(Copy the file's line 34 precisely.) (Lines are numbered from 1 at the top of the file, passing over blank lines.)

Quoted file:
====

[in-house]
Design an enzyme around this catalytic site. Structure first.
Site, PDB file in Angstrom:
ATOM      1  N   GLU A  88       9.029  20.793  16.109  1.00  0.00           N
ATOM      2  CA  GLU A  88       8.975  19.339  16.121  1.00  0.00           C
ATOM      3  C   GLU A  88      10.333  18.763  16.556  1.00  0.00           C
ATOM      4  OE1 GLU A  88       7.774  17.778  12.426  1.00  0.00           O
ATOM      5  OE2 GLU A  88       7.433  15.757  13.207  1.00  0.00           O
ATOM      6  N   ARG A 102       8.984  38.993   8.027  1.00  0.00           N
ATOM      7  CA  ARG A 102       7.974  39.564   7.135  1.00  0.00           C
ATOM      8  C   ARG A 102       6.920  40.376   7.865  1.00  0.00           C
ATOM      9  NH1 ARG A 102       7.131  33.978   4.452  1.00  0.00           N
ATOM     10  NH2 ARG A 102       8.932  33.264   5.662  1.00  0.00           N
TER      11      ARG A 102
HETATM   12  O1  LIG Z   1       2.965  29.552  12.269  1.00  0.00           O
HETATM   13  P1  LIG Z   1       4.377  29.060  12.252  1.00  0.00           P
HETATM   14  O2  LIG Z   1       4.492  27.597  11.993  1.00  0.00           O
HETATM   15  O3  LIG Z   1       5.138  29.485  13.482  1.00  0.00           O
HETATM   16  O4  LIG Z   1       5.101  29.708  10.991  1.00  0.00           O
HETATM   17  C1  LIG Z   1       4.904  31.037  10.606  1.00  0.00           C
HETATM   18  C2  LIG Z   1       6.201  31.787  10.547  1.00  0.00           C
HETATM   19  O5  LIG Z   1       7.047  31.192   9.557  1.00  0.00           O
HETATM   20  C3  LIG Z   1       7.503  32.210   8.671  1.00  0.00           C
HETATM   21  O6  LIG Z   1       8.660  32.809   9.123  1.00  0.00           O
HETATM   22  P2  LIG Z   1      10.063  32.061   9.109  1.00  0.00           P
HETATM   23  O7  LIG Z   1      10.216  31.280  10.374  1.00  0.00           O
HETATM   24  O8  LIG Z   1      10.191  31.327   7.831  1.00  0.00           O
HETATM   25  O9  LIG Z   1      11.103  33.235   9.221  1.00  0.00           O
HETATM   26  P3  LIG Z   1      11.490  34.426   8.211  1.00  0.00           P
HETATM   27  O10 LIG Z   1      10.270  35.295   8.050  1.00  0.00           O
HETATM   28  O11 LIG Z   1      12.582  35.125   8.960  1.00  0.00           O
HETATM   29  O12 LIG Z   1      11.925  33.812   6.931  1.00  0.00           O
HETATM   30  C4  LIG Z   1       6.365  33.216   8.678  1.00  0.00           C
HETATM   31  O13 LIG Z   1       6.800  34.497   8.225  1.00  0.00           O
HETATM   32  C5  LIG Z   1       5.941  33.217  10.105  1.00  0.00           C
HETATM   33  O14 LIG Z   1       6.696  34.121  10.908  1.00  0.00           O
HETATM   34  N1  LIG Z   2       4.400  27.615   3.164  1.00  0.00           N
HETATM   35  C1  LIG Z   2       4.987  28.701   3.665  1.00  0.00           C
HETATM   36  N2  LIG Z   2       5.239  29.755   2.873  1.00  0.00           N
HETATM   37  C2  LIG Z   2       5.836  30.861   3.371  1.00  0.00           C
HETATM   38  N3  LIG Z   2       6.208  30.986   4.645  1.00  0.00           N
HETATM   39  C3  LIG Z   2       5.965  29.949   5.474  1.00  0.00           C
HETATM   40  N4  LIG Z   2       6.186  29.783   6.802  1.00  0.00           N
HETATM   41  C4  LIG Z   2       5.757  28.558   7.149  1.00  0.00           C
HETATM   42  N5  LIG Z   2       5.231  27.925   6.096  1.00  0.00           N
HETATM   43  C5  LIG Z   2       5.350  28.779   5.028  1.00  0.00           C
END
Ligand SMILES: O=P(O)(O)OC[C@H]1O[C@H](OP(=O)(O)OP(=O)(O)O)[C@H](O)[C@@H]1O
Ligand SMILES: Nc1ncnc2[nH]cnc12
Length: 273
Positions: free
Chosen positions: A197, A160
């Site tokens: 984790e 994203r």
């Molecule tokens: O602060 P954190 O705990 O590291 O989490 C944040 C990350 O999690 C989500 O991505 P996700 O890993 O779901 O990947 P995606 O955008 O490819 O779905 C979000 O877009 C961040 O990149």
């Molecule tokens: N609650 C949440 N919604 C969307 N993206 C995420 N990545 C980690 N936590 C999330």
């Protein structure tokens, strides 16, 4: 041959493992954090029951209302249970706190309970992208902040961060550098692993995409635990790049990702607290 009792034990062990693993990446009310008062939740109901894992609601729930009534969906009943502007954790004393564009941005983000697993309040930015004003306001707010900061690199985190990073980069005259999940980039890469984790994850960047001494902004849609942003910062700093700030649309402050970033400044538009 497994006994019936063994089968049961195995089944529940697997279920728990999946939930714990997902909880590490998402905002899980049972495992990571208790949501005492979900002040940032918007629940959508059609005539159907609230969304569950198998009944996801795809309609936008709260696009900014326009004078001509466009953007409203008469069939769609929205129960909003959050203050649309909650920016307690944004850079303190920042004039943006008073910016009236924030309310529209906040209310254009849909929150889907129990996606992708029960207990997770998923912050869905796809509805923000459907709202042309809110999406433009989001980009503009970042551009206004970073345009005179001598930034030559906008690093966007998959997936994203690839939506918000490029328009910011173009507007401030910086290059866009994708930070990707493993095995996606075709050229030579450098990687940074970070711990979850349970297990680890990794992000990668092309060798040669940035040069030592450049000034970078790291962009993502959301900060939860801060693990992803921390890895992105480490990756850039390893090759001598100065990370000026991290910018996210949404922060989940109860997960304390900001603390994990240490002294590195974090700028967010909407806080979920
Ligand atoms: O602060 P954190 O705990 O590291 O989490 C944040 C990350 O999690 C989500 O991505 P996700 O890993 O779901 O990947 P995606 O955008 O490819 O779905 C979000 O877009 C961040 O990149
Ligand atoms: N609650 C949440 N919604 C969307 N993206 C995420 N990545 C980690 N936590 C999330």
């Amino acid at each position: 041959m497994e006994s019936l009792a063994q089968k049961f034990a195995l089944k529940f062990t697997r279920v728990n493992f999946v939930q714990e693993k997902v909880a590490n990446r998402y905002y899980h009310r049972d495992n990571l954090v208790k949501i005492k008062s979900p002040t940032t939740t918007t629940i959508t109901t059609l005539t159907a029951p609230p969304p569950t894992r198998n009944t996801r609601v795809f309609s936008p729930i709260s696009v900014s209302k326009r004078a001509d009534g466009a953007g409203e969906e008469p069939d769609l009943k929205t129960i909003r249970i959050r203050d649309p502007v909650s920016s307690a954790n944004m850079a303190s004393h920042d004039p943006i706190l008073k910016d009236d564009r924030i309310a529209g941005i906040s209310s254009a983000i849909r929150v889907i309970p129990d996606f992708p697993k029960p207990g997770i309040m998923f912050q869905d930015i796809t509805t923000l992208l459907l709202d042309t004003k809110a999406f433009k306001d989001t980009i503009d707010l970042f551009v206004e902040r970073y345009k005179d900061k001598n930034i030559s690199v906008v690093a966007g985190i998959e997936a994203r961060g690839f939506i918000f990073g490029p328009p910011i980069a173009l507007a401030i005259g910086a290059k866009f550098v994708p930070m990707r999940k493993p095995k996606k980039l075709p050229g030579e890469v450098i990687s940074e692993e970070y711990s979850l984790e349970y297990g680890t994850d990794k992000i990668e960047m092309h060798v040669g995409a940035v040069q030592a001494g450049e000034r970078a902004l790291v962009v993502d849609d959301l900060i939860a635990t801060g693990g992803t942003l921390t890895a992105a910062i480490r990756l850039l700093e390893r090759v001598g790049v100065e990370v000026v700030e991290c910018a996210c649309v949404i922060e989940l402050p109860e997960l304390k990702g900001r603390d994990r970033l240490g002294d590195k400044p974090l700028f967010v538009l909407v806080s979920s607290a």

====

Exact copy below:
HETATM   31  O13 LIG Z   1       6.800  34.497   8.225  1.00  0.00           O